Congratulations! You’ve decided to invest in yourself by improving your smile. We think it’s a great decision that’s likely to boost your confidence and help you feel great.
Dr. Stephen Hiroshige and his staff are always pleased when patients decide they want to take the time and make the effort to feel better about their teeth. We often get questions about the best approach to making that improvement, and the answer is that it really depends on your goal and what kinds of dental issues you’re trying to correct. You may be able to correct uneven or misaligned teeth with veneers, or you may need Invisalign® aligners.
Before we talk about the kinds of issues that can be corrected with veneers, you should know that your teeth need to be in good shape. If you have gum health problems, cavities, or an infection, we need to address those problems first.
Veneers are a versatile and useful cosmetic procedure, but your oral health is of greater importance. Before discussing the cosmetic choices you have, we will want to make sure your teeth and gums are healthy.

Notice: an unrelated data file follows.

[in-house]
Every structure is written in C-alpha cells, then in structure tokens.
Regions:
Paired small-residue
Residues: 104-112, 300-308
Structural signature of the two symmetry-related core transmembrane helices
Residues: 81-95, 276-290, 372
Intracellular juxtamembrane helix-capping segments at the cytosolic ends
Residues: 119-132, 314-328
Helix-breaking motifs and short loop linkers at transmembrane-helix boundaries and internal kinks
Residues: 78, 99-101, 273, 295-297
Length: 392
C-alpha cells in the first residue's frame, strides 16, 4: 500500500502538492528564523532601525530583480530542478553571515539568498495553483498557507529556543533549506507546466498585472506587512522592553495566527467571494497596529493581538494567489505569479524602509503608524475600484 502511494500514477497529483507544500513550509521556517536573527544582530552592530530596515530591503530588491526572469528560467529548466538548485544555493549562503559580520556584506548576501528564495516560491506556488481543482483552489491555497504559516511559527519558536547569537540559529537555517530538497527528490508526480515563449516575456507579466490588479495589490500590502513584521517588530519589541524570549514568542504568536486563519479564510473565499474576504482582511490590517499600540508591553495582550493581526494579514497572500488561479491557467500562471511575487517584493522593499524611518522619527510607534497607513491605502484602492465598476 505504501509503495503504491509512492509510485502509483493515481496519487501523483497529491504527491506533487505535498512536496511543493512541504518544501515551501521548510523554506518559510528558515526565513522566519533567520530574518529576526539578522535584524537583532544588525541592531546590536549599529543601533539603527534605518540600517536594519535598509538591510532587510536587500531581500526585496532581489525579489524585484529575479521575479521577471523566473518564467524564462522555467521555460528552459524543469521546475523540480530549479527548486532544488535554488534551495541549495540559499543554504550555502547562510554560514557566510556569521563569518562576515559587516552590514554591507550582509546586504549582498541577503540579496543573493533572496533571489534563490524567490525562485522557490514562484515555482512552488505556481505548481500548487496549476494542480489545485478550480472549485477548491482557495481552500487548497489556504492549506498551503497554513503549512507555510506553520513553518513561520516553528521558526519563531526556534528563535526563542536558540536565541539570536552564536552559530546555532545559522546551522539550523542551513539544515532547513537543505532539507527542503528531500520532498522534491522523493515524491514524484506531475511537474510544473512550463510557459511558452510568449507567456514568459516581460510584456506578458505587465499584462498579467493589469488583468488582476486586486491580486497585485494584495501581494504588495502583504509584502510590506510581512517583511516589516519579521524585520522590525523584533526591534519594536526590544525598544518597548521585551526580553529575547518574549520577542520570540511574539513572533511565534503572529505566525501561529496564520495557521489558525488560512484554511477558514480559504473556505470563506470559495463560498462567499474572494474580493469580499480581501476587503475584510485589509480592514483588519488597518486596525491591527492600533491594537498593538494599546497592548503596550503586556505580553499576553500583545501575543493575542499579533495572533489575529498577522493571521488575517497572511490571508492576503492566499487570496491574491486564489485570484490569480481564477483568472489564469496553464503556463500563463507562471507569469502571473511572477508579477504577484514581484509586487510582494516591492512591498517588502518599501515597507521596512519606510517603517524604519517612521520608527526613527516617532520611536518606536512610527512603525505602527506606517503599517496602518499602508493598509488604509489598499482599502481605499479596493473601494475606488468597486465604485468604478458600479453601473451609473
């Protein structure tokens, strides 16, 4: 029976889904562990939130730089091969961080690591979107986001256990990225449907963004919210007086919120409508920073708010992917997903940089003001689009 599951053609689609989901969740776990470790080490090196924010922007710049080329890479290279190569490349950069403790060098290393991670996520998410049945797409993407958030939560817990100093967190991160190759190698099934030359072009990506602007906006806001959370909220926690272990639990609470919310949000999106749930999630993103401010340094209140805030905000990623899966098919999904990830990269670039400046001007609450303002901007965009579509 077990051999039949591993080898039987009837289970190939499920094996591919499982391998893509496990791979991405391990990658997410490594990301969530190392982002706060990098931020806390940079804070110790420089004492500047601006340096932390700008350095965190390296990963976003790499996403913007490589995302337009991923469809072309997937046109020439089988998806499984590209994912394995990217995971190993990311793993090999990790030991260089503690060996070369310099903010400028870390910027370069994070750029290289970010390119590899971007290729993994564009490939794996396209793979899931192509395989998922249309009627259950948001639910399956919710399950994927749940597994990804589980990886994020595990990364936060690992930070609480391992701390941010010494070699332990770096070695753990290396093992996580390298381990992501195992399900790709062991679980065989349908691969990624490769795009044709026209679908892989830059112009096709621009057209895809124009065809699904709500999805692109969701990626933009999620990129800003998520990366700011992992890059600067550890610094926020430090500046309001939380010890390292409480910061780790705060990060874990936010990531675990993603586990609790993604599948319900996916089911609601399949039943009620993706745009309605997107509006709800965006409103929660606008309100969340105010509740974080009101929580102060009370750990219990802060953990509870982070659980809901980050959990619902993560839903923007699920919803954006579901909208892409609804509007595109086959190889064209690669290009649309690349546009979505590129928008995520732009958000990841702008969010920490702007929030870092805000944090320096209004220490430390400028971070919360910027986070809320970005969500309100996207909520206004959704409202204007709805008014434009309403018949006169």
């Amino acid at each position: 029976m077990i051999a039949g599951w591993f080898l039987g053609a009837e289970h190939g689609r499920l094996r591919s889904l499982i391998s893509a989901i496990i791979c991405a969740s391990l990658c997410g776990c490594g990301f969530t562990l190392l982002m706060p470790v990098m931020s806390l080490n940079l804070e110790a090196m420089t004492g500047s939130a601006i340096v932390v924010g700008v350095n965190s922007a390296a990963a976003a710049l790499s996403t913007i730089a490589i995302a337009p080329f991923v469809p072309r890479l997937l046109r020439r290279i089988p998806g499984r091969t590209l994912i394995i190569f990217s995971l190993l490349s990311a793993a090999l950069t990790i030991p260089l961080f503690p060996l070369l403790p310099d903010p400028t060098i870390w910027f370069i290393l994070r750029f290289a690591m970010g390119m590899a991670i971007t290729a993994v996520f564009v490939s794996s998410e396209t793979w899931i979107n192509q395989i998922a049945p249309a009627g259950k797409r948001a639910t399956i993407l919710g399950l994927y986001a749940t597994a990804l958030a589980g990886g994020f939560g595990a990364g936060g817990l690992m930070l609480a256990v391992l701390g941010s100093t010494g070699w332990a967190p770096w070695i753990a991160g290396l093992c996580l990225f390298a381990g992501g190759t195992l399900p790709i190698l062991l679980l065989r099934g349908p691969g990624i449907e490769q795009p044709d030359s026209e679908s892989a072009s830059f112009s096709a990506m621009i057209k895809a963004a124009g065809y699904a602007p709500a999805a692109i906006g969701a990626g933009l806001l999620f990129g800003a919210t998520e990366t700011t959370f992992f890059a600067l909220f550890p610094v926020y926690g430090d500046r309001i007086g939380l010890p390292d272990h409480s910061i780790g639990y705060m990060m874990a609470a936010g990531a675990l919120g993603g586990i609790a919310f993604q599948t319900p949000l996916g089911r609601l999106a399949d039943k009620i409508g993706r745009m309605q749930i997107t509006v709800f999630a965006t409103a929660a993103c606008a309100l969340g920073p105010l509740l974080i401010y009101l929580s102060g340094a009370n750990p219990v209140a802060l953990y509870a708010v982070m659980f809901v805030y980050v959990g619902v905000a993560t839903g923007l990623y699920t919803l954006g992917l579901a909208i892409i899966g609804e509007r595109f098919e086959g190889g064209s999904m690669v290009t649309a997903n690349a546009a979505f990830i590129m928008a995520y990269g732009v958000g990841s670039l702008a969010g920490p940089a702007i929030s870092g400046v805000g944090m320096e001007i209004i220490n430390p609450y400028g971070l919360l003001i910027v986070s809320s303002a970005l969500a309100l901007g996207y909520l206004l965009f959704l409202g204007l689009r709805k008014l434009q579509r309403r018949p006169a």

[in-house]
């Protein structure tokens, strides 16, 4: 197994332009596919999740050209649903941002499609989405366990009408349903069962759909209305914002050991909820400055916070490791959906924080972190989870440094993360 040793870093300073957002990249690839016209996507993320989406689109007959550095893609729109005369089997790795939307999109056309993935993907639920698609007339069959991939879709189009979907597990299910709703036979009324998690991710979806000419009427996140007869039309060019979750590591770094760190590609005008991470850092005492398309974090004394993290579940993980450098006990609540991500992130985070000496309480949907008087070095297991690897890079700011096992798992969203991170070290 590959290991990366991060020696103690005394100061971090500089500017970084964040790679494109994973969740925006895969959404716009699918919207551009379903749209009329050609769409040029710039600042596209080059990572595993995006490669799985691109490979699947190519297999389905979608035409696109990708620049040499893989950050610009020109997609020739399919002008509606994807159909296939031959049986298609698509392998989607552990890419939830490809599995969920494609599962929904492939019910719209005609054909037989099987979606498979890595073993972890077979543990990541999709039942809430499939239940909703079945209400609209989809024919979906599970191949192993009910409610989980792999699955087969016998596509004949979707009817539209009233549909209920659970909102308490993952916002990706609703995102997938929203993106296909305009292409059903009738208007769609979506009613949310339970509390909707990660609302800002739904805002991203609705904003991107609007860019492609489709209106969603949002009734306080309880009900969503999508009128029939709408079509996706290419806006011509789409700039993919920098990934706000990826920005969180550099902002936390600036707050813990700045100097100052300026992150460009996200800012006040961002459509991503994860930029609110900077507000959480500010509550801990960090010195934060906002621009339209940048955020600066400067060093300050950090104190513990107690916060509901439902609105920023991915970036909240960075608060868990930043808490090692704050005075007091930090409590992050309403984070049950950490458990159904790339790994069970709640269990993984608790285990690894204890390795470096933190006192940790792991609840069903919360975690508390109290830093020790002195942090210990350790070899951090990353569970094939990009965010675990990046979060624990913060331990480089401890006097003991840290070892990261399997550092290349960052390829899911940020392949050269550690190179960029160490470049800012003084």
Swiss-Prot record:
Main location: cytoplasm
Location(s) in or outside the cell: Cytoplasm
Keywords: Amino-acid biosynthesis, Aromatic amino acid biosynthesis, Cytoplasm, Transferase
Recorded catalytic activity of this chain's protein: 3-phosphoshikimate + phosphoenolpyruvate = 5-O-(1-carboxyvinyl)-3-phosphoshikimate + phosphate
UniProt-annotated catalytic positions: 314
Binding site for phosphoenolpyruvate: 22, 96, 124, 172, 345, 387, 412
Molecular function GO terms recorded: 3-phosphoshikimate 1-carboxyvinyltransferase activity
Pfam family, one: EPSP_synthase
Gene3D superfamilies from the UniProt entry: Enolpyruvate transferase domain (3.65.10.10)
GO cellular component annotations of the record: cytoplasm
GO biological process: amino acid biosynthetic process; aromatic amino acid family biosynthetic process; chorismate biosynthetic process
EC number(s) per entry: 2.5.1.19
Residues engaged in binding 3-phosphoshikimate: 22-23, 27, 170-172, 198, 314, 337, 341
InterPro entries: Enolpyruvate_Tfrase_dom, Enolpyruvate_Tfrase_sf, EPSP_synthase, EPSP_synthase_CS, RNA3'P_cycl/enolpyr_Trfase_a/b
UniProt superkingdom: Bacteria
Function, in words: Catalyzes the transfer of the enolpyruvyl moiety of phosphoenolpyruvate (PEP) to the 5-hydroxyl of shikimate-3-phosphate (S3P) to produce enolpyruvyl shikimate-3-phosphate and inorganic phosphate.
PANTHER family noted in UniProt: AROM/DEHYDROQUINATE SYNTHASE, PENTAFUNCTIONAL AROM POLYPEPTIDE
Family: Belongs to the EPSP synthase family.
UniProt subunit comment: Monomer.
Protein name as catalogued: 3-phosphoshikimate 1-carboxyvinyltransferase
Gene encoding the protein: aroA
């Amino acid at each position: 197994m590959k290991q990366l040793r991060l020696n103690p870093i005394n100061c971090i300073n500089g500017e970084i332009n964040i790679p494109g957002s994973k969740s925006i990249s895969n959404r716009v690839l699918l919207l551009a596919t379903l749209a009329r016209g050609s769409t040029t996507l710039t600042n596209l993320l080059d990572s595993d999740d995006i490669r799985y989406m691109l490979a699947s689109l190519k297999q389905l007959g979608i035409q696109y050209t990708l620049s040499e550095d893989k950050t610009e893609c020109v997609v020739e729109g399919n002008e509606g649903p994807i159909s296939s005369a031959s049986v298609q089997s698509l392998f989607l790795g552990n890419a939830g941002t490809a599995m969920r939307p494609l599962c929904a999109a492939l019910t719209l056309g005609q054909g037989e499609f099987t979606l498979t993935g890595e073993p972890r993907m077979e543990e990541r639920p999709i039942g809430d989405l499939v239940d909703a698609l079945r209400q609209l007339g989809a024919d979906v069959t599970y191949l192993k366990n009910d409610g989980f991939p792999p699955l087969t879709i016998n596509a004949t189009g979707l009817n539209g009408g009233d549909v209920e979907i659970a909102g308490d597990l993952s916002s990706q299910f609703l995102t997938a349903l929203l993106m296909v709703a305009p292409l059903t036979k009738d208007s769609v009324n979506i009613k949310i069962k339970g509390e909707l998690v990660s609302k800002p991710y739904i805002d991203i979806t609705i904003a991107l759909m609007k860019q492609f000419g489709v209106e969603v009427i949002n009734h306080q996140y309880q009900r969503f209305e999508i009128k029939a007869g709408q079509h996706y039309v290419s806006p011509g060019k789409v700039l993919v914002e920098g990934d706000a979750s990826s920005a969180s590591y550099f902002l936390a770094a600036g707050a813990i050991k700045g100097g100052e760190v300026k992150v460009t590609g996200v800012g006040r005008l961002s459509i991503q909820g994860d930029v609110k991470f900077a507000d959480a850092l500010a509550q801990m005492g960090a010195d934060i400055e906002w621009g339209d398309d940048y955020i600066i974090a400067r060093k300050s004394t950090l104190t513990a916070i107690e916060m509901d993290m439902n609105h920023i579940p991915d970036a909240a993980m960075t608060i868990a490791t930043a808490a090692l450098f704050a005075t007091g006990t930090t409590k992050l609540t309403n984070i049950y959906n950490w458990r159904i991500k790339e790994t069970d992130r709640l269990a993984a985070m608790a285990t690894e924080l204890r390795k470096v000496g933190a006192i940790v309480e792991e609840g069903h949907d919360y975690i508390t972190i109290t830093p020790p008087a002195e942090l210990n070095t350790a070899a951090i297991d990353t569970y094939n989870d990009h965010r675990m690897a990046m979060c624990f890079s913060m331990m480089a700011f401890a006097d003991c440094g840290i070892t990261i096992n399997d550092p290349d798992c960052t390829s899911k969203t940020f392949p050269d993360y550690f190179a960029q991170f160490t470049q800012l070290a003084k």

If your teeth are crooked, crowded, or have gaps, you have malocclusion. It can be caused by overcrowding in your mouth, use of a pacifier in infancy, oddly shaped teeth, and by fillings, braces, or crowns that don’t fit properly.
There are three classes of malocclusion with class 1 being the most common and least severe. If you have class 1 malocclusion, your bite is normal, and your teeth are slightly misaligned.
Classes 2 and 3 malocclusion are more severe. Class 2 involves having a severe overbite, and class 3 involves a severe underbite.
Veneers are small shells that can be customized to match your other teeth or to make your teeth look just the way you want. They are permanently attached to your natural teeth and can be used to hide chips, discoloration, and even misalignment.
In cases of class 1 malocclusion, veneers may be the right choice, especially if you have another issue you want to correct. For example, if your teeth are discolored and slightly misaligned, but otherwise healthy with no decay or gum disease, veneers may be the perfect choice.
If your teeth are more severely misaligned, you may need to consider Invisalign aligners first. Prior to placing veneers, Dr. Hiroshige first prepares your teeth, which involves removing some of your enamel to make room for the veneers. The more crooked your teeth, the more he may need to file away.
Before making a decision, it’s important to understand your options. A blog post such as this one can give you general information, but it’s only a starting point. You need advice about your specific situation.
Your teeth are as unique as you are, and Dr. Hiroshige can give you guidance that’s specific to you, your goals, and your one-of-a-kind smile. If you’re ready to get the smile of your dreams, schedule an appointment today to learn more about your options.